On the Main Highway in St. Martinville is the oldest state park facility in Louisiana. The Longfellow-Evangeline State Historic Site.
There you’ll be greeted by Mrs. Mary Guirard who’s been at the historic site for many years. She spoke French as a child but had to relearn it as an adult.
“I speak French now with my friends who speak Cajun French,” says Guirard. “They roll their eyes and tell me, ‘I don’t speak the good French.’ ”
Interpretive Ranger Philip Frey says Maison Olivier is the centerpiece of the park. It’s the last Creole Plantation Home west of the Mississippi!
“In 1934 the Long Administration opened us as Louisiana’s first state park. Originally we were going to be a monument park to Evangeline. So for many years, we were the only Acadian park on the Bayou Teche,” says Frey.
The site gives guests a window into life in the 1850s.
“We focus very much on agriculture and average daily life in the 19th century. So we sort of show what life was like as a Creole Slave, a Creole Plantation owner, an Acadian farmer,” Frey says. “We do a lot of living history administrations to sort of demonstrate that.”
On this visit, Tommy Guidry, who works as a blacksmith, was making a belaying pin, a tool to help undo knots.
Guidry explains that since there weren’t any big retail hardware stores, everyone had to come to the blacksmith to have everyday items made.
Pots and pans, door handles, door hinges, hooks of various sorts were all made by the local blacksmith, according to Guidry.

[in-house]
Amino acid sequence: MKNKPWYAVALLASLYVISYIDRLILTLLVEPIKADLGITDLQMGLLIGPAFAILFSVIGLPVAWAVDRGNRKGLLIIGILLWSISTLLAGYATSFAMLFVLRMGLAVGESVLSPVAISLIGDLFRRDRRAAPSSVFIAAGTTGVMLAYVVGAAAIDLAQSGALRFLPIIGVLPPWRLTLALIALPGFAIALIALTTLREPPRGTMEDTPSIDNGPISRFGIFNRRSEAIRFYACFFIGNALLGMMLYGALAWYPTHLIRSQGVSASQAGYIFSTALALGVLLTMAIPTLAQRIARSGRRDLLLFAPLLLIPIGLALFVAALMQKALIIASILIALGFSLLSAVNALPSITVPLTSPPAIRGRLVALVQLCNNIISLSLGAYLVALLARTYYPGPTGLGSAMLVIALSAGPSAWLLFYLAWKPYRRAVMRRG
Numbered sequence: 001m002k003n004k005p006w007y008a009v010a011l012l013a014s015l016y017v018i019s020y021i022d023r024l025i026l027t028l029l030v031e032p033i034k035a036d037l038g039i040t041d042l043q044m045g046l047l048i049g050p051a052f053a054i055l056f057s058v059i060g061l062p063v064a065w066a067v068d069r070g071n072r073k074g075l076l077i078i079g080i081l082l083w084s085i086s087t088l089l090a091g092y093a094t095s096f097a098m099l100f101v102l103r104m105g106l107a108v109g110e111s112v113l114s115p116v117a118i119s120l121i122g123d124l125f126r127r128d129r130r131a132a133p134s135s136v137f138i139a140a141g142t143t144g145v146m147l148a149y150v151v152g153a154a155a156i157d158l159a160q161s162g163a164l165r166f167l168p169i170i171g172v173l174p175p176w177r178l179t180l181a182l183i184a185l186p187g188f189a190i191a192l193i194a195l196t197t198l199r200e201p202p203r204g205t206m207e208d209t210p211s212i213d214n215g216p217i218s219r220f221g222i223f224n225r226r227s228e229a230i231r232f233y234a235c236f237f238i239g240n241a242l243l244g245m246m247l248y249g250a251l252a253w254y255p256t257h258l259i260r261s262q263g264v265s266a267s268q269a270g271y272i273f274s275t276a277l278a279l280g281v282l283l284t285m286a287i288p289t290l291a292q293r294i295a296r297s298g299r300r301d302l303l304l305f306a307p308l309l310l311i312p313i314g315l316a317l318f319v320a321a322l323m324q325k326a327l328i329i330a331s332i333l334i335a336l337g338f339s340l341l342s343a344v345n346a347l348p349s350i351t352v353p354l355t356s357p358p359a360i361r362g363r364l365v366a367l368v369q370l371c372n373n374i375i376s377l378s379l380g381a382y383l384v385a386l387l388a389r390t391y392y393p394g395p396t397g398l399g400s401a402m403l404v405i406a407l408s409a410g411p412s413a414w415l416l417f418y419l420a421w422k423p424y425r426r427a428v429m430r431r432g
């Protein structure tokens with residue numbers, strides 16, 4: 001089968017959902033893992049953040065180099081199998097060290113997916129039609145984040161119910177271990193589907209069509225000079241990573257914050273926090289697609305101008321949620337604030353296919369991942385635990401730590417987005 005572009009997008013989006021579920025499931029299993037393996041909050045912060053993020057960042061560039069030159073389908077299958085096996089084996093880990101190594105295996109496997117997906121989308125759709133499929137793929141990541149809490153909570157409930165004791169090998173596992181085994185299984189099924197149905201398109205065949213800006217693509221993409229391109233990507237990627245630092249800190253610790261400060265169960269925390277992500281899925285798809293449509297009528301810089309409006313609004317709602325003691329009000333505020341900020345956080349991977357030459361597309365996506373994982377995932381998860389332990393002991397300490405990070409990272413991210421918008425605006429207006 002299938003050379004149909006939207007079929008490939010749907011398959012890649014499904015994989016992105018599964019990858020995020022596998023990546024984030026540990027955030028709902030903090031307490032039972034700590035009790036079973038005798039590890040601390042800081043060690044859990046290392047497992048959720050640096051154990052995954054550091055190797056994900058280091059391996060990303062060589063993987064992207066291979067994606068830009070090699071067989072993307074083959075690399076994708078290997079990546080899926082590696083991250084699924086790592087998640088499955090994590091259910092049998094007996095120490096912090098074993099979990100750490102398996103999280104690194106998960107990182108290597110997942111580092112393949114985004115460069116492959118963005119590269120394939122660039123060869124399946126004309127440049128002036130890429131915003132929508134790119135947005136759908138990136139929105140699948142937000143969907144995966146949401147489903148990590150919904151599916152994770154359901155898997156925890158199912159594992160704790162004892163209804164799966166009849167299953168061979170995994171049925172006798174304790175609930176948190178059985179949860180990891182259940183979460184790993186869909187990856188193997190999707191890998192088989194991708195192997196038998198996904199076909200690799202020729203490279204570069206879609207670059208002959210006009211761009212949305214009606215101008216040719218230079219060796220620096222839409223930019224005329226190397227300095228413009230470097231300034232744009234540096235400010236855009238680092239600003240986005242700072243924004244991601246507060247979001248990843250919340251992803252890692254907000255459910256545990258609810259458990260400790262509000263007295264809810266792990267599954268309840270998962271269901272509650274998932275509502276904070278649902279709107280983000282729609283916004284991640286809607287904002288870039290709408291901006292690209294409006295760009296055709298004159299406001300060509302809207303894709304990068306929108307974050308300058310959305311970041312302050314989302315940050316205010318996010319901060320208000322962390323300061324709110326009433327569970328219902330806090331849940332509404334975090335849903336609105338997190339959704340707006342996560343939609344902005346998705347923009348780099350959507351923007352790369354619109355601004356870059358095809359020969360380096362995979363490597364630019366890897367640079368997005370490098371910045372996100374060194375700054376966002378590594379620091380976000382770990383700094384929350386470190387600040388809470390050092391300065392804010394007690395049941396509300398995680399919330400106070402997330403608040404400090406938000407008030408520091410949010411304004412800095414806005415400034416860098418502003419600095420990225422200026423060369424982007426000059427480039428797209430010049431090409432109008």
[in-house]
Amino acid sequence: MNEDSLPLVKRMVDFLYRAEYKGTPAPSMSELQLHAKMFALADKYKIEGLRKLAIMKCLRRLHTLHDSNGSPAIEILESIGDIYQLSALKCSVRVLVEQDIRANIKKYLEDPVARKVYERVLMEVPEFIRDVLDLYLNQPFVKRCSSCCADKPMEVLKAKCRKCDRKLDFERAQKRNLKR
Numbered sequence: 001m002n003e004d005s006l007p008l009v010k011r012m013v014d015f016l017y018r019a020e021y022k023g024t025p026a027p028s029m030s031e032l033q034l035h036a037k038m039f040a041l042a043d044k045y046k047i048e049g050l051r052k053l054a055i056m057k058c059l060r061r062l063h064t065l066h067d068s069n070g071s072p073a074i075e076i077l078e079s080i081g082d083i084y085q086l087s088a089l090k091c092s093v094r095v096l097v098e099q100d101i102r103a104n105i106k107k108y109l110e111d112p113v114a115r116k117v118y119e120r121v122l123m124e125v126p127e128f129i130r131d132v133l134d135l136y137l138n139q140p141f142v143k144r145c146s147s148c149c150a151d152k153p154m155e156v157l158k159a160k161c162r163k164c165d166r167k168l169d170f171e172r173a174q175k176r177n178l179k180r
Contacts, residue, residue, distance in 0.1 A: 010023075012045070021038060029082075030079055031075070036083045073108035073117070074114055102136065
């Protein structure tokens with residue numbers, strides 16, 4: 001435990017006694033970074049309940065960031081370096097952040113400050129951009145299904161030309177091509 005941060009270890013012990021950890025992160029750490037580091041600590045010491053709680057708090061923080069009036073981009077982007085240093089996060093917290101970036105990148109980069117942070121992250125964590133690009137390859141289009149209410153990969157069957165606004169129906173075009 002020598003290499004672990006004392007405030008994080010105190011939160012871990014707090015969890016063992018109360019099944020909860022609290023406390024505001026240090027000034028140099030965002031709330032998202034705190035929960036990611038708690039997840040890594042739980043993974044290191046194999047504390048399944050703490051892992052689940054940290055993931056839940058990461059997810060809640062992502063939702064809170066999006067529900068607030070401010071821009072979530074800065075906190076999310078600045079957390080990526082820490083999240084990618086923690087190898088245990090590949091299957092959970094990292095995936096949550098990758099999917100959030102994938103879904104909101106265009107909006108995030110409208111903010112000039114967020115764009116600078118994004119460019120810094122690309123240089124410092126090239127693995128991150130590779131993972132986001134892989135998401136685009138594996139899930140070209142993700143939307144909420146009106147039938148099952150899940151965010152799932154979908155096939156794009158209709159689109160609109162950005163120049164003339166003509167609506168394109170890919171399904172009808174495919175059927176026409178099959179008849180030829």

The park offers field trips all year long. And as they dress in character, they truly come to life for some of the kids!
“It’s interesting,” says Frey. “No matter what their age, usually their first question is, ‘Do you live here?’ And we always kind of have to say, ‘well no, but if I did, this is how I would live.’ ”
Frey says that the goal is to get kids away from the video games and head outside to the state parks. This year The Historic Site is doing a program called “A day in the life of an Acadian Child.” Frey says the program will showcase toys and games from the mid 19th century.
And for all those games, no USB port will be required. Frey adds that he’s sure the games will get kids outside.
Longfellow-Evangeline Historic Site is open Wednesday’s through Sunday year-round. you can visit the website for the Louisiana Department of Culture, Recreation and Tourism.